Senior Services Home Share Program Matches Providers with Seekers


We live in a world of housing challenges where finding a place to live or finding a roommate can be fraught with anxiety, fear and doubt. Being able to age in place is another concern. Senior Services for South Sound’s Home Share Program can help with both sides of this equation. It thoughtfully matches providers with seekers for long-term living arrangements. It might be simply renting a bedroom in a home. It could be more complicated with lowered rents in exchange for services like shopping, cooking or driving. “Every arrangement is unique,” says Home Share Manager Rebecca Hutchinson.

Home Share Program Handles Rental Applications

Liz and Jane sitting on a porch
Liz and Jane were matched through the Senior Services Home Share Program with excellent results. Liz lives in Jane’s on-site tiny home. Photo credit: Mary Ellen Psaltis

The Home Share Program accepts applications, does background and national sex-offender checks and contacts three personal references. Interested parties must be at least 18 years of age. People also provide information on their lifestyles and living preferences. “We are looking for compatible lifestyles and functional needs. We want people to get along.” explains Rebecca.

Agreements are made in writing and kept on file with Senior Services. In the event of a conflict, Rebecca will set up an on-site visit. She has been trained in mediation with the Dispute Resolution Center and aims to work out a satisfactory arrangement for all parties. To align with a focus on seniors, Senior Services requires that one side of the match, either provider or seeker, must be a senior.

Happy Match for Provider and Seeker

The program has been a rousing success for Jane and Liz. “I love my home,” says Jane, who completed some remodeling to make it easy to live in as she aged. Fascinated with tiny houses, she had the idea to build one on her property for a future caregiver, which she accomplished. When her first tenant moved, Jane considered her renting options.

“I heard about the program from a neighbor,” says Jane. She was attracted to Home Share because a reliable third party would do the screening and interviewing. “They have dispute resolution,” she added, not expecting problems but glad to know there was help when it was needed. She was introduced to Liz.

Lix with a wire horse sculpture she created
Wire sculptor Elizabeth Berrien has a studio downtown and extra space at her new living arrangement which she found through the Senior Services Home Share Program. Photo credit: Mary Ellen Psaltis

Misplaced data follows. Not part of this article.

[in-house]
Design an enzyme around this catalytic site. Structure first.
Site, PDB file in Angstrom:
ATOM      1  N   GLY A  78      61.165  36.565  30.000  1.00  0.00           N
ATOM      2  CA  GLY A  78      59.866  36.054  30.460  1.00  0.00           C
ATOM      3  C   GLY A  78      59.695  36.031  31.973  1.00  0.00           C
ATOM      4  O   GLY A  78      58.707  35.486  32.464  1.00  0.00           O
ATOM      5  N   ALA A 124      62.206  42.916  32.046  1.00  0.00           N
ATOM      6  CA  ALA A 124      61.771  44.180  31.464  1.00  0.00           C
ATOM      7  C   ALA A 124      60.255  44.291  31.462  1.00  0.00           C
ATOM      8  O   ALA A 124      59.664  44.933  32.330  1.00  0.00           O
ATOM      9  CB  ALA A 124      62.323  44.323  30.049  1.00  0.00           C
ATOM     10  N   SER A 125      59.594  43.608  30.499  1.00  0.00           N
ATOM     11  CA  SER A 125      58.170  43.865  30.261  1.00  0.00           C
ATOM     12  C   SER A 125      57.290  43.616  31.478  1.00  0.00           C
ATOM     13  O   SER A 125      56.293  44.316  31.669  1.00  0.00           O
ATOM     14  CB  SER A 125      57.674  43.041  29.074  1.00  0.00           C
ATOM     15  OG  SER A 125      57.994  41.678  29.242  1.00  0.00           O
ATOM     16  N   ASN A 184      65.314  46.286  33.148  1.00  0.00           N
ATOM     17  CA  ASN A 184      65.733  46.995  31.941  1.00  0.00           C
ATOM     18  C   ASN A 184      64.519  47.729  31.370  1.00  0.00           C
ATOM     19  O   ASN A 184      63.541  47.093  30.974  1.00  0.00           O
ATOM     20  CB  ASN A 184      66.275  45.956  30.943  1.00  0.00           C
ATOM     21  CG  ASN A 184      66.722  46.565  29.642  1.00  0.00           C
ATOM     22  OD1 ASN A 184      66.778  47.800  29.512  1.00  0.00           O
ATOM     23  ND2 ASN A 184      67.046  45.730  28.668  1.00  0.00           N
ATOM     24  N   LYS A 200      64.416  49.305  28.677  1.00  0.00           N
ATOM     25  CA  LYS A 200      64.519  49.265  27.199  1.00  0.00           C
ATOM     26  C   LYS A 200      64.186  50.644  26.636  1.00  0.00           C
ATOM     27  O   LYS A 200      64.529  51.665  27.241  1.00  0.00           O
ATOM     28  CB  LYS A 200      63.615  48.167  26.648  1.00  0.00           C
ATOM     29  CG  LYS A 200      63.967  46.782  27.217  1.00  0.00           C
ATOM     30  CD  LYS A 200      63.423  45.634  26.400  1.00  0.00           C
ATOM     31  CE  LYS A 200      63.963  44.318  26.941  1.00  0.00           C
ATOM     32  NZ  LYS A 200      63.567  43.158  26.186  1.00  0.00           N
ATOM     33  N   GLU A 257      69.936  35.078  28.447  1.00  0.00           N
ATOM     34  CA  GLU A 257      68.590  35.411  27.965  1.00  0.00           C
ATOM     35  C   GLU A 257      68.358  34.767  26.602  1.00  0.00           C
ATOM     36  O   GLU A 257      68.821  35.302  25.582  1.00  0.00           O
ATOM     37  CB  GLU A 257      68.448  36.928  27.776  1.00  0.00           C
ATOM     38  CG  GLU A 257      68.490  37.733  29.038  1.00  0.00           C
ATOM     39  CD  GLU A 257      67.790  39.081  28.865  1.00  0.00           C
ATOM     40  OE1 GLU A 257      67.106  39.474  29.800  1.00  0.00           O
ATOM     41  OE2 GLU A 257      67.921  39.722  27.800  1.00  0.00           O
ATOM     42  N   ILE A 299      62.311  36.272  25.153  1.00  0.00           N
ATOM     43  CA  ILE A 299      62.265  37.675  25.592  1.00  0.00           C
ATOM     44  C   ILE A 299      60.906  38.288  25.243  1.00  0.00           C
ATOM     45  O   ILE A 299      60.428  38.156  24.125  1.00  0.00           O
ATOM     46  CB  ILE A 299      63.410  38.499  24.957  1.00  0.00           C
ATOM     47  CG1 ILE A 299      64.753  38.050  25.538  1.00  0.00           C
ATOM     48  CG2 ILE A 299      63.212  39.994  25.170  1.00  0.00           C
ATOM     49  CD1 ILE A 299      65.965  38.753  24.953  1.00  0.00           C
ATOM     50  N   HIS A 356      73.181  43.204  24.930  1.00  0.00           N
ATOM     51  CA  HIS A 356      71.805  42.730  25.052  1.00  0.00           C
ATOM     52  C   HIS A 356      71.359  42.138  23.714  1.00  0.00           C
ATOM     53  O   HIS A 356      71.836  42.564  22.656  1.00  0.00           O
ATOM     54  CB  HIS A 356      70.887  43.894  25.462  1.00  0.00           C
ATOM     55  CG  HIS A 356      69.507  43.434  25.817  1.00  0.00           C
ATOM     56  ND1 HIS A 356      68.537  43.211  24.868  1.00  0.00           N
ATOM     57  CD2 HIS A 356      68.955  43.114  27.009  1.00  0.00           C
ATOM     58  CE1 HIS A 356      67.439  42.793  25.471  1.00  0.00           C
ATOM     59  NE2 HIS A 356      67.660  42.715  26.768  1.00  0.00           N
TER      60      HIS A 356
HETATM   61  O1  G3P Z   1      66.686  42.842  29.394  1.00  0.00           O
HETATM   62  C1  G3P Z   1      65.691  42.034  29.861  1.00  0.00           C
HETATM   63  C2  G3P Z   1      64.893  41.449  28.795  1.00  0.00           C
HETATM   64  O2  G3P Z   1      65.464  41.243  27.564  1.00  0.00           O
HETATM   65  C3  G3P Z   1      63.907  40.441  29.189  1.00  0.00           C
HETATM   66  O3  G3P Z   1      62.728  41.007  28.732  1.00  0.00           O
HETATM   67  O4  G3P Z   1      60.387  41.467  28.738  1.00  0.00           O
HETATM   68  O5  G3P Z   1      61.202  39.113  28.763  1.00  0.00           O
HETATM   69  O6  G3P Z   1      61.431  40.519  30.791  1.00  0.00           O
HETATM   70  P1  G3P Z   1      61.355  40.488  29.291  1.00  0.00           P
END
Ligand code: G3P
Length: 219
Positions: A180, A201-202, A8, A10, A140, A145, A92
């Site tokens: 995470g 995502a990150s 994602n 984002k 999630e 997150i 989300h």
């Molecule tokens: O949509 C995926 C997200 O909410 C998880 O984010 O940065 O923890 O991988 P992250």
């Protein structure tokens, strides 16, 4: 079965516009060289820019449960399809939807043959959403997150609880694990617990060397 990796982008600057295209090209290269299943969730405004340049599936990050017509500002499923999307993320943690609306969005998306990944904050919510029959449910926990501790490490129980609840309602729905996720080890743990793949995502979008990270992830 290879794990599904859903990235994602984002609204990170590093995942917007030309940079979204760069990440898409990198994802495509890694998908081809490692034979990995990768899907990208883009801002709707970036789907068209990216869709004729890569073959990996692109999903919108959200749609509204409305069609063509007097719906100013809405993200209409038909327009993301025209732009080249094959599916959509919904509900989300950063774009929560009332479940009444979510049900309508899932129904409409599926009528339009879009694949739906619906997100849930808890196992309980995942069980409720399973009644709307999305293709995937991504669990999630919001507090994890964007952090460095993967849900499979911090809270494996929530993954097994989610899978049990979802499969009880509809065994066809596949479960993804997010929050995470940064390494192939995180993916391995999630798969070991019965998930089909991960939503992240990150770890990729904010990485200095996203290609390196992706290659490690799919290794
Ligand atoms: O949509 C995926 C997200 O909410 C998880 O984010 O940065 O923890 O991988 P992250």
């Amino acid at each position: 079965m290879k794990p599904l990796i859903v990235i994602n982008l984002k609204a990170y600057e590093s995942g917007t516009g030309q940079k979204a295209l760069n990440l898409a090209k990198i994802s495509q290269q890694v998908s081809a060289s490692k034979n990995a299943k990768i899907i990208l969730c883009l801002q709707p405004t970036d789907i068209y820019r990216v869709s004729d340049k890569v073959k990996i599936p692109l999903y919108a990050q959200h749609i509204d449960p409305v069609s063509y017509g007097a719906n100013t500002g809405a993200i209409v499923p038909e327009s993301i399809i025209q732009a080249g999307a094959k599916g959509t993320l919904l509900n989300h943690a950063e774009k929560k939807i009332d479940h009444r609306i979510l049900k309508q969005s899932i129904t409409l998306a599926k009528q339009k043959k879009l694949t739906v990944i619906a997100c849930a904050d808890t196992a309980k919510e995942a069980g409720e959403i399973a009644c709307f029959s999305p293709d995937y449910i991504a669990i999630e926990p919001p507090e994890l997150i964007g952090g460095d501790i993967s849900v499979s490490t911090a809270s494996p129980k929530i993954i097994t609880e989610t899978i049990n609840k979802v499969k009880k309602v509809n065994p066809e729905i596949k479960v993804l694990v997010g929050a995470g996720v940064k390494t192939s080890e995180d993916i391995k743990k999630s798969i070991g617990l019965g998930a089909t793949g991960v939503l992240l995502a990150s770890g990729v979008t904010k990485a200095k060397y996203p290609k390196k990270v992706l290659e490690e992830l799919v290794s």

“I’ve been both a homeowner and a renter,” says Liz Berrien, who is an internationally renowned wire sculptor. She loves taking care of landscape and in the past that had been part of her tenancy agreement. Liz had posted her own ad on Craigslist and looked at a number of possible housing situations but didn’t find the right place. She had in mind a semi-rural setting with a garden that needed maintaining and rental rate within her price range. She was curious when she heard about the Home Share Program. “I was very impressed with the complex interviewing process,” relates Liz. A feel-right relationship with her new landlord was also one of her criteria for moving into the right place.

Liz was given Jane as a potential match, though she wasn’t sure a tiny house would be enough space for her. “Jane sounded like my kind of person,” says Liz. They are both flexible, humorous, intelligent and really like cats. Jane has two inside cats, Oliver and Emma. She cares for two outside TNR (trapped, neutered, released) cats named Mamma and Raider. Liz lives with her cats, Essie Mae and Kiwi.

They met at the tiny house. Liz was delighted to find the space was already “catafied.” There was an enclosed space for her two cats. Liz had a small catio that would fit perfectly on the deck. There was plenty of outside work: hedges to prune and blackberries to remove. All this was great, and even better was their connection with each other. “I enjoyed Jane as a friend, as if I had known her all my life,” recalls Liz. “We hit is off so well,” agrees Jane. Their similar interests in politics, philosophies, art and animals were well aligned.

interior of a tiny home with cat walkways by the ceiling
The tiny home rental already had high shelves installed specifically for cat walking. That was great news for Liz and her two cats, who share her space. Photo credit: Mary Ellen Psaltis

The tiny home is a compact 200 square feet. Fortunately, they worked out an arrangement for Liz to use half of the carport space, which will ultimately become an on-site studio space. She also has access to Jane’s laundry and is welcome to use the kitchen and oven. Liz has a tiny kitchen, but it’s limited. The two signed a three-month, no-fault rental agreement. The time flew by, and they are ready to extend their agreement.

Are You Considering Renting?

Maybe you are considering renting out a room in your home, which is the most common scenario. Perhaps you have a mother-in-law unit. The Home Share program has rented single family houses and RV’s. Consider what tasks you have that require help, if any. Interested parties can fill out the application online. The cost is $35 per participant. When a match is secured, the Provider pays an additional $50. “The program is wonderful. It fills a need because so many have been priced out of the housing market,” says Jane.

There are Senior Center locations in downtown Olympia and in Lacey. Both have amazing programming, classes and more. Check it all out on the Senior Services of South Sound website.


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